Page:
Amer Didic’s road to the Canadian soccer team started in Bosnia, with several detours along the way.
Didic’s family fled the war in Bosnia and, sponsored by a church, arrived in Canada when Amer was one. His father, a helicopter pilot in the military back in Europe, worked a variety of jobs from Domino’s to Walmart to make end meet for his wife and two kids.
“Pretty much coming (here) with nothing,” Didic said of the family, which landed in Surrey, B.C., before moving to Edmonton.
Today Didic’s father is flying again — transporting tranquilized polar bears back to their native habitat is just one of the commercial helicopter pilot’s duties these days — and Amer is on the verge of winning his first cap for Canada.
Canada coach John Herdman summoned the 24-year-old FC Edmonton centre back for Tuesday’s CONCACAF Nations League showdown with the U.S. at BMO Field. It’s the second senior call-up for Didic, who was also part of Octavio Zambrano’s Canadian camp prior to a September 2017 friendly with Jamaica.
More than a few are rooting for Didic.
“Amer has always been incredibly humble, I think that’s because of his background, and incredibly hard-working,” said Baker University soccer coach Nate Houser. “And he has never been above any of his teammates or the team. He really is somebody you’d like to see do well.”
The six-foot-four Didic ended up at Baker thanks to Houser’s connection with Ross Ongaro, Didic’s Edmonton high school coach. Ongaro, who has a lengthy and distinguished soccer resume, had coached Houser in an indoor soccer all-star game back in the late ’90s and the two had stayed in touch.
Ongaro invited Houser up to Edmonton, telling him he had two players to showcase.
“One was Amer. And what was crazy is that he had been told by a number of bigger schools they just didn’t think he was ready or wasn’t going to turn out,” Houser recalled. “And I thought he was a no-brainer.
“You look at his physical talents, his technical talents, the way he can drive a ball, receive a ball. I was fortunate that a lot of other people couldn’t see what he had inside and that Ross put me on to him.”
Houser said it took him “three minutes” to want Didic, who was part of the FC Edmonton academy at the time. Didic said it took him “two minutes” to accept Baker’s offer.
So sight unseen he ended up at the small school in Baldwin City, some 30 minutes outside of Kansas City.
“I showed up first day. There was one stoplight in the whole city,” Didic said with a smile. “Just land everywhere and then just a small school in the middle of it.
“But it is a great school. It grows on you, that’s what people say when you first go there,” he added. “It’s small so you form really good relationships.”
At Baker, he scored 28 goals in 84 games despite being shifted permanently from midfielder to centre back. He was a two-time NAIA All-American and earned NSCAA All-American and Heart of America Athletic Conference Player of the Year honours as a senior in 2015.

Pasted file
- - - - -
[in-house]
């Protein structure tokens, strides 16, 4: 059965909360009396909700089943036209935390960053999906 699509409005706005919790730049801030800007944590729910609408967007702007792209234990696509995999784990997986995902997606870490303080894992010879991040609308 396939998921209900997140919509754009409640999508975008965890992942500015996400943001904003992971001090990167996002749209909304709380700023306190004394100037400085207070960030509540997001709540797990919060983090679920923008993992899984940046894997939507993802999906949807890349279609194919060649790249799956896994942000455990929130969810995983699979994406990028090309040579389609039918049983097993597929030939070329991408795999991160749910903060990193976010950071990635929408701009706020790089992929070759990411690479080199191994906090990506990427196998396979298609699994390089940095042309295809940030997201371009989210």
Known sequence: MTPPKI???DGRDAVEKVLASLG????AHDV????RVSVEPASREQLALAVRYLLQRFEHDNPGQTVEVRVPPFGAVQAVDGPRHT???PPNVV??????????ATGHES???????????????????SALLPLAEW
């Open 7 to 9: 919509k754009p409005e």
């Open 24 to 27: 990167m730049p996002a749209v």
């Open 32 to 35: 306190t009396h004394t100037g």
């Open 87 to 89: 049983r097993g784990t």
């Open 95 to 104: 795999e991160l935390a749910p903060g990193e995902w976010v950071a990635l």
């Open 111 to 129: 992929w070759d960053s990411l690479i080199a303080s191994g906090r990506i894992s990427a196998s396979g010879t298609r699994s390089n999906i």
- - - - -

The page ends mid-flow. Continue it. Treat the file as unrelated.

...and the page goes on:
Didic proved dangerous on set pieces both as the provider and target man. From a young age, Didic used to feed his father — who coached him as a youth — for volleys and so is quite at home taking a free kick with either foot.
“My whole childhood I remember is just me and him playing,” said Amer.
Didic was offered a tryout with the Swope Park Rangers, Sporting Kansas City’s USL affiliate, as a senior at Baker.
“I wasn’t too sure if the pro game was something that was available to me,” he said. “Luckily my (college) coach had some connections with Sporting Kansas City.”
Marc Dos Santos, now coach of the Vancouver Whitecaps, was in charge of Swope Park at the time. Didic went on to make 32 appearances for the Rangers during his first pro season in 2016, earning USL All-League First Team honours as a Defender of the Year finalist after appearing on USL’s Team of the Week a league-high six times.
He also played three CONCACAF Champions League matches for Sporting Kansas City, making his debut in Trinidad, where he had to mark former Southampton and Sunderland striker Kenwyne Jones.
Didic signed with Sporting Kansas City in 2017 – the first Baker University men’s player to join an MLS team – but didn’t see any league action. And he represented Canada at an under-23 tournament in Qatar.
Kansas City did not exercise his contract option after the 2018 season and Didic, after seven years in the Kansas City area, signed with San Antonio FC of the USL. It did not turn out to be a good fit and he left two months later to rejoin FC Edmonton.
His success with Edmonton and national team call-up come in a year in which he’s had to battle a groin injury. Off the field, he became an uncle but that celebration was tempered by the fact that his sister, with whom he is very close, is fighting some medical issues.
“She’ll find a way, I know her,” said Didic. “It’s been a good year in terms of being home with the family and playing soccer here at home. But you also have that in the back of your head every day, you’re thinking about her … It puts everything in perspective.”